Congratulations – you have made the life-changing decision to study abroad as a foreign exchange student and stay with a host family in New Zealand. While Asia and Europe are understandably at the top of the list for many students, you may also want to consider New Zealand, a country well known for its stunning scenery and laid-back lifestyle.
People and Culture
Like its neighbor Australia, New Zealand is well known for its casual and relaxed lifestyle, where spending time relaxing outdoors or at a cookout is just as important as working or studying. And like Australia, New Zealand has always been something of a melting pot, attracting people from all over the world looking for a better quality of life, although the country’s native Maori culture still thrives. The diverse population is reflected in the diversity of the food, and the culinary emphasis is very much on fresh, healthy and organic fare. If you visit here as a foreign exchange student, sooner or later you will probably be invited to a barbecue or cookout. When that happens, you can expect to be served fresh and tasty meats, fish and a choice of vegetables, instead of the usual burgers and hot dogs.
New Zealand arguably has some of the most beautiful and spectacular scenery anywhere in the world. Even if you have never visited the country before, if you have seen any of the popular Lord Of the Rings movie trilogy, you have already had a tantalizing glimpse of what to expect.
Snow capped mountains, fjords, lakes and rivers, and miles of unspoiled forests await you when you have some free time as a foreign exchange student in New Zealand. The country’s most famous and visited tourist attraction, Milford Sound, is a World Heritage site and has been described as the 8th wonder of the world.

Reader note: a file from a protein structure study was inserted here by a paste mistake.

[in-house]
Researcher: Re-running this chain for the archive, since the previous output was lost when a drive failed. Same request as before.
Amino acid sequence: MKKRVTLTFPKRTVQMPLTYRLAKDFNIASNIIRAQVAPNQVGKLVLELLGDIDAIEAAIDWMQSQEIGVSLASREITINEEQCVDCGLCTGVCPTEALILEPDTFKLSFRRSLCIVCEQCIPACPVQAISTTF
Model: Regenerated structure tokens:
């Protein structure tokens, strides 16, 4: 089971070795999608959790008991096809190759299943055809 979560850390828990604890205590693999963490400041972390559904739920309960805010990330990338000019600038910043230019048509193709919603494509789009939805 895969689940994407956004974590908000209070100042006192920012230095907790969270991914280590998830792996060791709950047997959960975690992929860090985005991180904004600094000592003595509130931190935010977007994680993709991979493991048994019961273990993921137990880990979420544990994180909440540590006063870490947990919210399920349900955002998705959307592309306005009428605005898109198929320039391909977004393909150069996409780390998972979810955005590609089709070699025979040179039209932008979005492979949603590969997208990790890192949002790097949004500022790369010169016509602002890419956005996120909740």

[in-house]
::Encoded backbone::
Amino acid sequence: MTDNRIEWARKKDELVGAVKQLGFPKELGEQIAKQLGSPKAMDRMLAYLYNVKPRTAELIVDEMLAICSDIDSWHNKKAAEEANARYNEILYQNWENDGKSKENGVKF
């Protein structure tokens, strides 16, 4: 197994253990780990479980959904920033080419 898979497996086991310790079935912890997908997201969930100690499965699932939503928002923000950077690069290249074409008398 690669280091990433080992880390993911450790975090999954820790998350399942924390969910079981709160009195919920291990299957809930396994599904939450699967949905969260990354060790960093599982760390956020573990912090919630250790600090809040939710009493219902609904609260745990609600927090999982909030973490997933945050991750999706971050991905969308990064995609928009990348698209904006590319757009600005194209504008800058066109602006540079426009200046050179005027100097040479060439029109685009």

Away from the sparsely populated countryside, the major cities of Auckland, Wellington and Christchurch offer everything you would expect in the way of shopping, nightlife and dining out, arts and culture and sporting events. Wellington is the most southerly capital city in the world, while Auckland was recently voted one of the world’s most livable large cities. And Christchurch may make you think that you are in England rather than in the southern hemisphere.
Extreme Sports and Outdoor Adventures
If you love exploring the great outdoors, there is no better destination than New Zealand. The residents of this small country like nothing better than skateboarding, mountaineering, skiing, white water rafting and bungee jumping; in fact, the sport had its origins in the country, and some of the highest jumps anywhere can be found here.
Queenstown has become known as the extreme sports capital of the world, although wherever you go, there are always plenty of sporting options available. Of course, you don’t have to be into extreme sports to appreciate the country’s glorious scenery, and there are plenty of tours available, allowing you to enjoy the best scenery New Zealand has to offer at a more sedate pace.
There are only 8 universities in New Zealand, although they all have a positive reputation, and the make up of the students reflects the country’s diversity. The University of Auckland is considered one of the most innovative universities in Asia and the South
Pacific, and over a dozen of its subjects are ranked in the top 50 in the world. Like the other colleges, the University of Auckland prides itself on making overseas students and staff feel welcome and some of the subjects on offer at the country’s universities sound intriguing. Some of the courses offered include wine studies, anthropology and Maori/Pacific studies.
If your goal as a foreign exchange student is to travel, New Zealand makes an obvious choice. In fact, you can’t travel much further than that – the country is literally on the other side of the world. It’s different enough to feel exotic and exciting and make you realize you are in a foreign country, but at the same time has many of the familiar trappings of home.